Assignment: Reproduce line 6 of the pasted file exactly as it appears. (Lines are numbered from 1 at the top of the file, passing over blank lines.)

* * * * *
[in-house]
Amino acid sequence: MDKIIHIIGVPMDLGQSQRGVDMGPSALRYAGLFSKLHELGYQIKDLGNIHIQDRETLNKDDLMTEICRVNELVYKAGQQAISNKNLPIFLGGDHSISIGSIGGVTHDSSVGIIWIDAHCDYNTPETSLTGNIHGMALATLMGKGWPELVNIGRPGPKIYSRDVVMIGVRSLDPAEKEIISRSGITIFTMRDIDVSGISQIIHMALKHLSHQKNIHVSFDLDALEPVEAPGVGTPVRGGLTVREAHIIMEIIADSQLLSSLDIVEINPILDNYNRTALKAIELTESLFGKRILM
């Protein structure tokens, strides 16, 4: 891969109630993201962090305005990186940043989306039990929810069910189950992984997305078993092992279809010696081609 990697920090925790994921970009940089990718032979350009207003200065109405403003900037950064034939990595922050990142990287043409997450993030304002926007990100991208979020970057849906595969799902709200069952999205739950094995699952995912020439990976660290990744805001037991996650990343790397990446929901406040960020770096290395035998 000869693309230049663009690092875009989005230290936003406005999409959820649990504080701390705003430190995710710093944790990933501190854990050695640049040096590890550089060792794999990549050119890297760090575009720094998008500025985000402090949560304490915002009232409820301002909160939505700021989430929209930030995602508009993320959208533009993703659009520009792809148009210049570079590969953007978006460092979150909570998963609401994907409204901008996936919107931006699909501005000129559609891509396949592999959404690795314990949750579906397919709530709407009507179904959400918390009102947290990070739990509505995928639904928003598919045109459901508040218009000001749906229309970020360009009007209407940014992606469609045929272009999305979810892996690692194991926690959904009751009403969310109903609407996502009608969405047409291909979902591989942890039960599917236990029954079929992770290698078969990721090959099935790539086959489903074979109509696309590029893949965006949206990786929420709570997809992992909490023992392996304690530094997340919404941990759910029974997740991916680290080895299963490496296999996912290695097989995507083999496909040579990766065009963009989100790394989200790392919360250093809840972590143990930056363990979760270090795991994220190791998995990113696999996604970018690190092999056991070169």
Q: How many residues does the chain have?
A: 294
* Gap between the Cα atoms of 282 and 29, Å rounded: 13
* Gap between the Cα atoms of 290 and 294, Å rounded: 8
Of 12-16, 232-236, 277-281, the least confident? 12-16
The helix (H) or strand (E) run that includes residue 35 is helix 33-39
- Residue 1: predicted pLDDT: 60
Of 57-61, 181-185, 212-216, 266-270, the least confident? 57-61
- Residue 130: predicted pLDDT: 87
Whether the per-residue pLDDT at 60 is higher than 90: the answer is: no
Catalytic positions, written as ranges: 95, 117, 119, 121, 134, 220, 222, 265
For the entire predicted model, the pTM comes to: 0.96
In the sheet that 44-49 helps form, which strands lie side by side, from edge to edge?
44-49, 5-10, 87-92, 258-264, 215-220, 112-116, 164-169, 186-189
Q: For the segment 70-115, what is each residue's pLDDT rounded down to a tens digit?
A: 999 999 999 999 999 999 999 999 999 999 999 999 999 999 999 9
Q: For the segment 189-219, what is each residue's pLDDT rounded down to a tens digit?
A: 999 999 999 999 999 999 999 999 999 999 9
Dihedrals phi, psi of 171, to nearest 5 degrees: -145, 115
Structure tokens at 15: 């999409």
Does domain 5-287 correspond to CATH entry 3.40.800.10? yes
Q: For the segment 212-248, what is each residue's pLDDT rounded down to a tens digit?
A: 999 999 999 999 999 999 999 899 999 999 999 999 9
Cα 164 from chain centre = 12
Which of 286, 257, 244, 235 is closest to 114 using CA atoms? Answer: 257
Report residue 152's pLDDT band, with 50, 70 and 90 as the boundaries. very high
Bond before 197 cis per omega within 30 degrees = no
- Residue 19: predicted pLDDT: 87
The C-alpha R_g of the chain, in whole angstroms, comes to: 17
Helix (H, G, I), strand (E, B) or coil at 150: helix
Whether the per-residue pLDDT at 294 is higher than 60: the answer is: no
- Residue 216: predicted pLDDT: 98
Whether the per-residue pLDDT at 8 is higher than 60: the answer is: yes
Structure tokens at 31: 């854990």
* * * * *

* Gap between the Cα atoms of 282 and 29, Å rounded: 13